Today, I had originally planned to post a recipe for pretzel bites and beer cheese dip in honor of Oktoberfest, but when I checked my email and saw a message from the mentorship program I participated in last spring, in addition to the tragic deaths in Las Vegas, I decided that today, it is more important to share my Art Buddies experience.
Last fall, when I was feeling helpless and scared for our nation’s future (fears that have not gone unwarranted, given today’s political environment), I started looking for ways that I could contribute to a better tomorrow. I donated money to causes that were important to me, I worked on mindfulness to ensure I was interacting with those around me in a positive way, and finally, I donated my time to Art Buddies.
From the very moment I found out about Art Buddies, I was over-the-moon excited about the program. A weekly one-on-one mentoring program that focuses on creativity; what could be a better fit?
Since 1994, we’ve paired thousands of underprivileged children with thousands of creative adults. Art Buddies helps kids realize their creative potential, and discover that creativity can be a path to a successful future.
-An excerpt from the Art Buddies website.
And so, as soon they started accepting applications for mentors for the spring session, I submitted my information and was quickly approved to join the program.
Every semester, a new set of Art Buddies in participating schools in the Twin Cities and their mentors meet every week for 6 – 7 weeks. During that time, we design and create a costume that reflects the Art Buddy’s personality. Whether it says something about their ambitions, their characteristics, or their interests, each costume is unique and special and allows the kids to truly shine their own light.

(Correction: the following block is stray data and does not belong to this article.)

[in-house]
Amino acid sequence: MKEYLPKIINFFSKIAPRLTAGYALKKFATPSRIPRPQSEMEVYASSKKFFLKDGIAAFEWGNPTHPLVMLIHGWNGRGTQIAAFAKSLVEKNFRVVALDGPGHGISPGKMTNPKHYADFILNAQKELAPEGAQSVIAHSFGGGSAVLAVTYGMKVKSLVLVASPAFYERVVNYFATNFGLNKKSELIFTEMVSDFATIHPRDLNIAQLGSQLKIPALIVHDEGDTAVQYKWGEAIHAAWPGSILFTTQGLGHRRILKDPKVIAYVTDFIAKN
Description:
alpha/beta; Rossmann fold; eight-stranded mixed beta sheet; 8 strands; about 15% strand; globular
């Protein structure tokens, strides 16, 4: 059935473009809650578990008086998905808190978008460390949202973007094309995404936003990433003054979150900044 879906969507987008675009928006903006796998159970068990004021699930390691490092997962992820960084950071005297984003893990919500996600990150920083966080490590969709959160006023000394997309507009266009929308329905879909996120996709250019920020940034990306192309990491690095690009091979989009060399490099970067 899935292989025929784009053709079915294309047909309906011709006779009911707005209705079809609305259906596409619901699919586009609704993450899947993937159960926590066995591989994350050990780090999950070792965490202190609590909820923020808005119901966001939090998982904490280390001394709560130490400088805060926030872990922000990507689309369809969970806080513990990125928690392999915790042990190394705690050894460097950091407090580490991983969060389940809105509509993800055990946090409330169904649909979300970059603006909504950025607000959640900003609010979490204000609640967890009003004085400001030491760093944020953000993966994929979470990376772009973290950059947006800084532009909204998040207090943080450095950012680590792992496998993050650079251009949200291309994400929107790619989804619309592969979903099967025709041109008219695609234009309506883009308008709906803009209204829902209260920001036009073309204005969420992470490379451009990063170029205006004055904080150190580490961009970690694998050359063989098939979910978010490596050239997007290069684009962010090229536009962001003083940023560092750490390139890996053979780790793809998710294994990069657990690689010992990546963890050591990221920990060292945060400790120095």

What struck me as special about this program is that each of the kids, often underprivileged in some way, gets one-on-one, undivided attention from their mentors. They learn that their creativity is unique to them, and that’s what makes them special. And they learn that creativity can lead to success… that a creative career pursuit rarely equates to the “starving artist” stereotype (which is often news to parents, too).
Every week, the day after I met with my art buddy, my coworkers would ask for the highlights… which often included my buddy saying the sweetest and/or funniest things. And often times, her kind and thoughtful comments would leave me speechless.
And over the 7 weeks that we spent together, I saw my buddy’s confidence grow tenfold, I saw her light up as she walked into that room every week, and I saw her open up and take pride in her accomplishments.
I couldn’t help but to look back on my own life and begin to appreciate on a whole new level everything that my teachers and coaches and parents and grandparents did to mold me into who I am today. But not everyone is as lucky as I am. Some children don’t have parents that speak English… parents that can help them with homework, some children have disorders that aren’t getting the appropriate care and attention, some children don’t have any guidance or supervision at home, some children have families that can barely afford to eat… let alone any supplies to fuel their imagination. And while you can’t fix all of those problems, you can help make a difference.
“What can I do? I’m just one person.”
Often, when we feel frustrated with the world’s many many injustices, we ask “What can I do? I’m just one person.” But by giving up 1 hour of your time a week, you can mentor a child that desperately needs your time. They need your encouragement, they need your words of praise, they need someone to just listen to what they learned in school that day. No matter what kind of program you get involved in, what might first seem to be an insignificant hour once a week to you could be the whole world to one kid. You can literally change someone’s life. And that’s magic, don’t you think?
In the end, I didn’t feel quite so helpless. In addition to my newfound gratitude for the life I have been given, I also felt like I could make a difference in the lives of others. And that’s because I did.
If you are in the Twin Cities, Art Buddies is still accepting applications for a few vacant slots for the fall session. You can apply here. And if spots fill up before you apply, you can always apply again for the spring session.
And if you’re not in the Twin Cities, a quick Google search can point you in the direction of the mentorship programs available in your area.
Have you participated in a mentorship program? Would you recommend it to others? Let me know and I’ll feature it in this post!